Misgolas rodi, Wishart, 2006

Wishart, Graham, 2006, Trapdoor Spiders of the Genus Misgolas (Mygalomorphae: Idiopidae) in the Sydney Region, Australia, With Notes on Synonymies Attributed to M. rapax, Records of the Australian Museum 58 (1), pp. 1-18: 14-15

publication ID

http://doi.org/ 10.3853/j.0067-1975.58.2006.1446

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scientific name

Misgolas rodi


Misgolas rodi   n.sp.

Figs. 9A–D, 12C

Material examined. HOLOTYPE Ƌ, AM KS50083, Kurrajong, NSW (33°34'S 150°40'E), 14 Feb. 1997, A. Dollin. (Brittle specimen, preserved in ethyl alcohol [75%]; probably desiccated prior to preservation). GoogleMaps  

Diagnosis. In male: Large blackish-brown spider, carapace length c. 10–11, rd surface metatarsi IV without spines; venter entirely black ( Fig. 9D). Palpal bulb ( Fig. 9B,C) with rl embolic flange with c. 9–10 fine folds, margin straight; embolus with subdistal d apophysis. Cymbium with many blunt anteriorly inclined d spines on c. 1 ⁄ 3 of distal surface. Conformation of palp as figured ( Fig. 9A). Female unknown.


Male holotype ( Fig. 9A–D). Size. Carapace length 10.58, width 8.92. Abdomen length 10.68, width 6.88. Colour. Dark brown almost black. When dry carapace and proximal segments of limbs bedecked with hairs. Abdomen dorsum with some narrow bilateral marks. Venter entirely black. Carapace. Edge fringed with black bristles which lengthen posteriorly and encroach onto posterior half of post foveal surface. Line of c. 13 hairs and bases of missing hairs along entire length of caput arch. Group of 3 bristles between PME; c. 12 posteriorly inclined bristles on clypeus. Weakly chitinized area with few setae extends onto pleural membrane below clypeus. Fovea width 2.18, straight. Eyes. Raised on distinct mound; anterior width 1.72, posterior width 1.66, length 1.02, width/length ratio 1.69. Line joining posterior edge of ALE   transects anterior 1 ⁄ 6 of AME. Posterior row slightly procurved in front, recurved behind. Chelicerae. Rastellum anterior row of 7(7) spines, c. 8(9) behind. Intercheliceral tumescence present. Fang groove difficult to view, marginal teeth not counted. Fang keels absent. Labium. Bulbous, length 1.28, width 1.54. Labiosternal suture narrow, undivided. Maxillae c. 42(39) small pointed antero-ental cuspules. Sternum. Length 6.26, width 4.54. All sigilla ovate; posterior pair twice diameter from margin, others by one diameter. Legs. Tibia I with apical bifid apophysis; distal process with 2(2) blunt spines, proximal process with 4(4) longer pointed spines.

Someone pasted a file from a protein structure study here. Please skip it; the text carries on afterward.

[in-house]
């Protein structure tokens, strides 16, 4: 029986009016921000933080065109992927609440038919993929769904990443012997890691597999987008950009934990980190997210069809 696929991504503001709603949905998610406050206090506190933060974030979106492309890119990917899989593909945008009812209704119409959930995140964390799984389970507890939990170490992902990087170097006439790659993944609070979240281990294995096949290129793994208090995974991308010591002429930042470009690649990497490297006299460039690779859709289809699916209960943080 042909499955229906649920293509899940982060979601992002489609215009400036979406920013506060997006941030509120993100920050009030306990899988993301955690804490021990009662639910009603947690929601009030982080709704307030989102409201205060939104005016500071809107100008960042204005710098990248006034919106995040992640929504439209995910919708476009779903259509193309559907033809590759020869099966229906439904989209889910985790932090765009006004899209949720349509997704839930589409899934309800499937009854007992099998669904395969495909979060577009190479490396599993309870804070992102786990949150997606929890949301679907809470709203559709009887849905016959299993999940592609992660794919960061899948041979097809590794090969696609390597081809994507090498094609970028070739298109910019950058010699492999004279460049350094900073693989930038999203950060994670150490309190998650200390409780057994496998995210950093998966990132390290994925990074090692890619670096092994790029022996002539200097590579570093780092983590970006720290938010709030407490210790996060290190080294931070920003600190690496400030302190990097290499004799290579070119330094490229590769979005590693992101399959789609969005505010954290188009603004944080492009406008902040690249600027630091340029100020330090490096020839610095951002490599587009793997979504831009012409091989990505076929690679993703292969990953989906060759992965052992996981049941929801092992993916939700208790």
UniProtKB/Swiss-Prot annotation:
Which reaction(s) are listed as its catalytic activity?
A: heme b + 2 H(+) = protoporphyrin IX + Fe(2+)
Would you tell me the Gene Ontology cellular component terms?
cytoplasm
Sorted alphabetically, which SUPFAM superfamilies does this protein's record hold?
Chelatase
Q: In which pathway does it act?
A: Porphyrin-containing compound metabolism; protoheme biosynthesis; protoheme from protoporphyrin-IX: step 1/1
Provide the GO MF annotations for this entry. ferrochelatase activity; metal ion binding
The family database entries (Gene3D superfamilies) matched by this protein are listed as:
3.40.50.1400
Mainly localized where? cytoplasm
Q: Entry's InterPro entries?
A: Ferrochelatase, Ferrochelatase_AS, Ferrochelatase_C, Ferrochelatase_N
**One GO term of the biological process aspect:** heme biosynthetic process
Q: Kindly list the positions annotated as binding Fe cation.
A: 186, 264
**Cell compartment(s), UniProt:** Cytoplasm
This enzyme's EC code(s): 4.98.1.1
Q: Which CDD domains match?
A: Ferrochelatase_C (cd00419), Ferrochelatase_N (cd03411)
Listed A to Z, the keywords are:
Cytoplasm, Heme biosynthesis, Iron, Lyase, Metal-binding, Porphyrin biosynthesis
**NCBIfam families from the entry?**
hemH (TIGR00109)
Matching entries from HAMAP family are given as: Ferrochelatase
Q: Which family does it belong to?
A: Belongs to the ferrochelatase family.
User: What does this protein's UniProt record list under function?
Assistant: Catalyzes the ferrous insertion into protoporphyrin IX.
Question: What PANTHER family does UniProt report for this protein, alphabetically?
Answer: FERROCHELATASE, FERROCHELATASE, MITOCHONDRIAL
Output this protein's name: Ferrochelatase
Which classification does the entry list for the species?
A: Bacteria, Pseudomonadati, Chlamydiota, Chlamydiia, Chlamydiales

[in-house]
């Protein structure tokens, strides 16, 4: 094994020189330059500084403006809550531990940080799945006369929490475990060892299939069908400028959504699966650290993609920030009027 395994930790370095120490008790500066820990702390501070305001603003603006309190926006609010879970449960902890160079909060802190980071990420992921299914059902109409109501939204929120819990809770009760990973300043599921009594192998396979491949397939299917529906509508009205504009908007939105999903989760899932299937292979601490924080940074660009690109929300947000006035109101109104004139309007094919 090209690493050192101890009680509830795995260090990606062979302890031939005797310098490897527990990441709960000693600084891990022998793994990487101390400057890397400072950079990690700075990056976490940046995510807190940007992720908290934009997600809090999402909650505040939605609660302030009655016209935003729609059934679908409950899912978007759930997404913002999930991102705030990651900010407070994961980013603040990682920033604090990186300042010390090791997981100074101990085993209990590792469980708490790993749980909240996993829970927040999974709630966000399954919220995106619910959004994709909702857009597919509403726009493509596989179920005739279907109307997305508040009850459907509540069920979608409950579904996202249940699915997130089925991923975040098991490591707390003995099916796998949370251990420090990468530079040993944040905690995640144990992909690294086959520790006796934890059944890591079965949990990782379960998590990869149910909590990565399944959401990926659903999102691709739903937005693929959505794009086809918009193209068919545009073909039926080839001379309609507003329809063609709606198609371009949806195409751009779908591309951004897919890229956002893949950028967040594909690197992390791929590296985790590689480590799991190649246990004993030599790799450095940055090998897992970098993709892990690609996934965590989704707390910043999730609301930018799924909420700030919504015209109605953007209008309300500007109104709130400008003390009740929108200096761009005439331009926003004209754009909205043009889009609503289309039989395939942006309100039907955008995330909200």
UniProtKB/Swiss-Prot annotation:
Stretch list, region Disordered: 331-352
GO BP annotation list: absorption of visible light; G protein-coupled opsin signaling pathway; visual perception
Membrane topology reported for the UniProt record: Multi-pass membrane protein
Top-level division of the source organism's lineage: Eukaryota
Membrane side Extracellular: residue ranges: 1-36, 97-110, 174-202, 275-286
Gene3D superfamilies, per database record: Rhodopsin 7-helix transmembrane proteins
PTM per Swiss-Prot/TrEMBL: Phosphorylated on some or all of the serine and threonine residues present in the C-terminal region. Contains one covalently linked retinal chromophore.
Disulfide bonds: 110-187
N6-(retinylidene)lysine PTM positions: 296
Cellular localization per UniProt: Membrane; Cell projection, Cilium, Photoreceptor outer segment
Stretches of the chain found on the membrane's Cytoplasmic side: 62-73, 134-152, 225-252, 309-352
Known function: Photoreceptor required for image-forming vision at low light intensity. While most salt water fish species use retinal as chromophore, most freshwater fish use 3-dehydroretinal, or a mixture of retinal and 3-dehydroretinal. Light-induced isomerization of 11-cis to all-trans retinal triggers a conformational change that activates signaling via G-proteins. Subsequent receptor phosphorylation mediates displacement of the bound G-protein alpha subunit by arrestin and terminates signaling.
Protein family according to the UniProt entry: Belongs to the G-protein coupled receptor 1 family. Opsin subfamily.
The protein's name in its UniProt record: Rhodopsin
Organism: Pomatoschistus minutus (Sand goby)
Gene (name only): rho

Femur 6.45 10.29 9.41 7.64 10.39 Patella 2.82 5.16 4.85 3.81 4.73

Tibia 5.95 7.35 6.70 4.91 9.11 Metatarsus — 7.45 7.12 6.82 9.31

Tarsus 2.95 3.92 4.05 4.79 4.91

Total 18.17 34.17 32.13 27.97 38.45

Palp ( Fig. 9A). Cymbium with many blunt closely packed anteriorly inclined spines distributed over distal 1 ⁄ 3 of d surface; many long brown hairs projected forward from outer sides of cymbium lobes. RTA sub-basally swollen, covered with d short spines. Midregion of rv surface of tibial excavation bears brush of c. 14 longer attenuate spines; DTA hooked, terminated with c. 14 short spines. TEM pallid, large and contiguous with RTA; pv surface weakly textured. Bulb ( Fig. 9B,C). Embolus straight, not twisted, with small thorn-like subdistal d embolic apophysis terminating a narrow d ridge concurrent with embolus; rl embolic flange with c. 9 fine folds, margin straight. Scopula   . Dense on tarsi I and II, less dense on tarsi III and IV, incomplete and dense on metatarsi I and II, incomplete and sparse on metatarsi III and IV. Trichobothria. Palp: tarsi 11, tibia pd7 rd7. Leg I: tarsi 15, metatarsi 20, tibia pd7 rd7. Leg II: tarsi 17, metatarsi 18, tibia pd9 rd8. Leg III: tarsi 18, metatarsi 15, tibia pd8 rd8. Leg IV: tarsi 14, metatarsi 16, tibia pd9 rd8. Leg spination. Leg I: tibia v011111. Leg II: metatarsi v010; tibia v01111, pd0110; patella pd2. Leg III: metatarsi v031, d002120; tibia v0112, pl00110, rl00110; patella pd7. Leg IV: metatarsi v8 scattered; tibia v0112. Abdomen. Entirely covered with long dark hairs.

Etymology. The species is named in recognition of the author’s fourth son, Rod Wishart.

Distribution and natural history ( Fig. 12C). Known only from the type locality. The burrow is unknown.


Australian Museum